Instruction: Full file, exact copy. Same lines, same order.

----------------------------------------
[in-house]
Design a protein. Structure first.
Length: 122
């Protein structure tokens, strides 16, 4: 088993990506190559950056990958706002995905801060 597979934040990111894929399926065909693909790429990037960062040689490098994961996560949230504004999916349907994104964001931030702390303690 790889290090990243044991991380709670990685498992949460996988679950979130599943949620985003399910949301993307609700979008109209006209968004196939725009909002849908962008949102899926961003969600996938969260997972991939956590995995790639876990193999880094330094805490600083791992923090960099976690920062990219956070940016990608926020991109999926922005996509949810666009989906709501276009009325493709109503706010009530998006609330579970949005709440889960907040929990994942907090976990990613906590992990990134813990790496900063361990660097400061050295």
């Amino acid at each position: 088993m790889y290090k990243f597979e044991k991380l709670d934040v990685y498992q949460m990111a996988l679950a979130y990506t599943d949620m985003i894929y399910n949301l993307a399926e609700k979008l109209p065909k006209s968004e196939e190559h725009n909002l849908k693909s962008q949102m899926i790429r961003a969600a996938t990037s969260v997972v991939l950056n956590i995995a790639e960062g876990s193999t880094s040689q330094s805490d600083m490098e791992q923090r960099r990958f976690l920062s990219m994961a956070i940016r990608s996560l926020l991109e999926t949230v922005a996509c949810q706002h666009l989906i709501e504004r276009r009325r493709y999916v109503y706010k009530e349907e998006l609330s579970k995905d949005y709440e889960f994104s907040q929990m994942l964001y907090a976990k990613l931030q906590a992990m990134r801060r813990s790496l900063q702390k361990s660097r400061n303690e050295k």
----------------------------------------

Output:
[in-house]
Design a protein. Structure first.
Length: 122
């Protein structure tokens, strides 16, 4: 088993990506190559950056990958706002995905801060 597979934040990111894929399926065909693909790429990037960062040689490098994961996560949230504004999916349907994104964001931030702390303690 790889290090990243044991991380709670990685498992949460996988679950979130599943949620985003399910949301993307609700979008109209006209968004196939725009909002849908962008949102899926961003969600996938969260997972991939956590995995790639876990193999880094330094805490600083791992923090960099976690920062990219956070940016990608926020991109999926922005996509949810666009989906709501276009009325493709109503706010009530998006609330579970949005709440889960907040929990994942907090976990990613906590992990990134813990790496900063361990660097400061050295």
């Amino acid at each position: 088993m790889y290090k990243f597979e044991k991380l709670d934040v990685y498992q949460m990111a996988l679950a979130y990506t599943d949620m985003i894929y399910n949301l993307a399926e609700k979008l109209p065909k006209s968004e196939e190559h725009n909002l849908k693909s962008q949102m899926i790429r961003a969600a996938t990037s969260v997972v991939l950056n956590i995995a790639e960062g876990s193999t880094s040689q330094s805490d600083m490098e791992q923090r960099r990958f976690l920062s990219m994961a956070i940016r990608s996560l926020l991109e999926t949230v922005a996509c949810q706002h666009l989906i709501e504004r276009r009325r493709y999916v109503y706010k009530e349907e998006l609330s579970k995905d949005y709440e889960f994104s907040q929990m994942l964001y907090a976990k990613l931030q906590a992990m990134r801060r813990s790496l900063q702390k361990s660097r400061n303690e050295k």